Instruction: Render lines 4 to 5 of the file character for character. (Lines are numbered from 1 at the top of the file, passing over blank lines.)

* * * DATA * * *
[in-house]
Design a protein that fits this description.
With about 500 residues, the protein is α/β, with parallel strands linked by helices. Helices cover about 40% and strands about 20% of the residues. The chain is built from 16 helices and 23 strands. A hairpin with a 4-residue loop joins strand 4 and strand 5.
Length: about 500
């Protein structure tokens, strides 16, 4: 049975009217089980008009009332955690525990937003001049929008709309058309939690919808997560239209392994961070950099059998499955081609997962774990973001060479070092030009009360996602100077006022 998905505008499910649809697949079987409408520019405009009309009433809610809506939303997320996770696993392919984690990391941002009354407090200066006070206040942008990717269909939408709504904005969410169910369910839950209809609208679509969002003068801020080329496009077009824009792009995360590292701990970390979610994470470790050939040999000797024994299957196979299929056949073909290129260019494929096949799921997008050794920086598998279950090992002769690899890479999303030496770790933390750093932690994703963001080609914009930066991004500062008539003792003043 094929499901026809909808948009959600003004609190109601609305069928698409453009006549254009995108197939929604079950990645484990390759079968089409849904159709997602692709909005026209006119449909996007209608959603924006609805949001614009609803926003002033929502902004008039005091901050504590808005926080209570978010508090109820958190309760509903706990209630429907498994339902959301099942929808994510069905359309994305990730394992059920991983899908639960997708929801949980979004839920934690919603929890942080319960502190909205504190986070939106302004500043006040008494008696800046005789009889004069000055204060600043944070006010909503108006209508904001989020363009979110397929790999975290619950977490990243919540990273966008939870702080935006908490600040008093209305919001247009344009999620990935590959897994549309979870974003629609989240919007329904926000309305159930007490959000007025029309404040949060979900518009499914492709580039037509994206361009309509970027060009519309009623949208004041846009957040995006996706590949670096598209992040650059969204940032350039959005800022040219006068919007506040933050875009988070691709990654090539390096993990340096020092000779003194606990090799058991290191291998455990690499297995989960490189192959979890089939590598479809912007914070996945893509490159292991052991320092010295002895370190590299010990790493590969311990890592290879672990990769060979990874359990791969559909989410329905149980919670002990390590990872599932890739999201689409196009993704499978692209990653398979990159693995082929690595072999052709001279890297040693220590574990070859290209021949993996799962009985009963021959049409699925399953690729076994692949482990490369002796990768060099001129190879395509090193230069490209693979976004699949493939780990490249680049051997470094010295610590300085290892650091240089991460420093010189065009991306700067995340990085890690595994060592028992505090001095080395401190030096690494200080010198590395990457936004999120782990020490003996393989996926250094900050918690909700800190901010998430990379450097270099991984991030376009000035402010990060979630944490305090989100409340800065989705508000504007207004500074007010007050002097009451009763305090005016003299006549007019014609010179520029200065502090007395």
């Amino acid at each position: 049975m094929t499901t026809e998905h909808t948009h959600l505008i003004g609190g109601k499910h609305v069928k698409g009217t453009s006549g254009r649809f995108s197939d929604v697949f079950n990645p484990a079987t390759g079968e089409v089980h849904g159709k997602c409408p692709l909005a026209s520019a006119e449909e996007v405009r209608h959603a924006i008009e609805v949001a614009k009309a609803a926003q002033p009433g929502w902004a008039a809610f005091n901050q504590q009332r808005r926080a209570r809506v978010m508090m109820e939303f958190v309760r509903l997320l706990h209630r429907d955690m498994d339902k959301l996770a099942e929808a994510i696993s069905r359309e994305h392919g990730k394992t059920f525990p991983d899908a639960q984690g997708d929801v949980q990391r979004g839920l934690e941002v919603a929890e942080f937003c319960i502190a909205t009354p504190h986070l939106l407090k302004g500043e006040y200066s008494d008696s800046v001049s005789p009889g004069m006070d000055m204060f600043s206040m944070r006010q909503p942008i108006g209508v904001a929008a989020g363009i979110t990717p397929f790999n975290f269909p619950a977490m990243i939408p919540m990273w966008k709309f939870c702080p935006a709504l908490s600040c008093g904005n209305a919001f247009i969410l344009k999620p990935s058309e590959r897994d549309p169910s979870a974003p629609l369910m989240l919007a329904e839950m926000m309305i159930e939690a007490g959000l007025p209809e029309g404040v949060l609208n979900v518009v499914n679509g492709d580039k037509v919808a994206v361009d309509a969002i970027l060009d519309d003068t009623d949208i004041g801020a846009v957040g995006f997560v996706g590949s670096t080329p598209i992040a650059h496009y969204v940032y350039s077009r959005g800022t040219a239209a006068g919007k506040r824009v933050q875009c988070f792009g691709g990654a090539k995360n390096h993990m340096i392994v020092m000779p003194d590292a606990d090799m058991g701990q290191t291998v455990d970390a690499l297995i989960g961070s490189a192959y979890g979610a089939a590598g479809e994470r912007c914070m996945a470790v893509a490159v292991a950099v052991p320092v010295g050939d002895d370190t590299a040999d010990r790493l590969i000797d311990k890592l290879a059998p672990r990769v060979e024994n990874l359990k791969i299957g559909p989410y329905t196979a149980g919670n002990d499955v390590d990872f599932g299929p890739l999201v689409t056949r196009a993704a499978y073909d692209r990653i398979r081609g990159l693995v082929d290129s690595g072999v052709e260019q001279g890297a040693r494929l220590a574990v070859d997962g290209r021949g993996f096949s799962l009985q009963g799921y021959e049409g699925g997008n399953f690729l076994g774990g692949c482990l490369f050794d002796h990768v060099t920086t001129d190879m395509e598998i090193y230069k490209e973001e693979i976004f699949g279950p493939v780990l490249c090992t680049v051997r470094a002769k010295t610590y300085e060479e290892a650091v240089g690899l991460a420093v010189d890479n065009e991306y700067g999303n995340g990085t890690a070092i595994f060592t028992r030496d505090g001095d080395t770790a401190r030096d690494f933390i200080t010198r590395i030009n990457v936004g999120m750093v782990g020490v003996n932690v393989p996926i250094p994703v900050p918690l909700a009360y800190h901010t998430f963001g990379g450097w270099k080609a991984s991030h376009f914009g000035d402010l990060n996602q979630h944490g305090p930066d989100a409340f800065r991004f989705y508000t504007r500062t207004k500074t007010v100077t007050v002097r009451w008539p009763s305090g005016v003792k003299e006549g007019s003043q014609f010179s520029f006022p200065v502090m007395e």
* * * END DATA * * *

Length: about 500
């Protein structure tokens, strides 16, 4: 049975009217089980008009009332955690525990937003001049929008709309058309939690919808997560239209392994961070950099059998499955081609997962774990973001060479070092030009009360996602100077006022 998905505008499910649809697949079987409408520019405009009309009433809610809506939303997320996770696993392919984690990391941002009354407090200066006070206040942008990717269909939408709504904005969410169910369910839950209809609208679509969002003068801020080329496009077009824009792009995360590292701990970390979610994470470790050939040999000797024994299957196979299929056949073909290129260019494929096949799921997008050794920086598998279950090992002769690899890479999303030496770790933390750093932690994703963001080609914009930066991004500062008539003792003043 094929499901026809909808948009959600003004609190109601609305069928698409453009006549254009995108197939929604079950990645484990390759079968089409849904159709997602692709909005026209006119449909996007209608959603924006609805949001614009609803926003002033929502902004008039005091901050504590808005926080209570978010508090109820958190309760509903706990209630429907498994339902959301099942929808994510069905359309994305990730394992059920991983899908639960997708929801949980979004839920934690919603929890942080319960502190909205504190986070939106302004500043006040008494008696800046005789009889004069000055204060600043944070006010909503108006209508904001989020363009979110397929790999975290619950977490990243919540990273966008939870702080935006908490600040008093209305919001247009344009999620990935590959897994549309979870974003629609989240919007329904926000309305159930007490959000007025029309404040949060979900518009499914492709580039037509994206361009309509970027060009519309009623949208004041846009957040995006996706590949670096598209992040650059969204940032350039959005800022040219006068919007506040933050875009988070691709990654090539390096993990340096020092000779003194606990090799058991290191291998455990690499297995989960490189192959979890089939590598479809912007914070996945893509490159292991052991320092010295002895370190590299010990790493590969311990890592290879672990990769060979990874359990791969559909989410329905149980919670002990390590990872599932890739999201689409196009993704499978692209990653398979990159693995082929690595072999052709001279890297040693220590574990070859290209021949993996799962009985009963021959049409699925399953690729076994692949482990490369002796990768060099001129190879395509090193230069490209693979976004699949493939780990490249680049051997470094010295610590300085290892650091240089991460420093010189065009991306700067995340990085890690595994060592028992505090001095080395401190030096690494200080010198590395990457936004999120782990020490003996393989996926250094900050918690909700800190901010998430990379450097270099991984991030376009000035402010990060979630944490305090989100409340800065989705508000504007207004500074007010007050002097009451009763305090005016003299006549007019014609010179520029200065502090007395």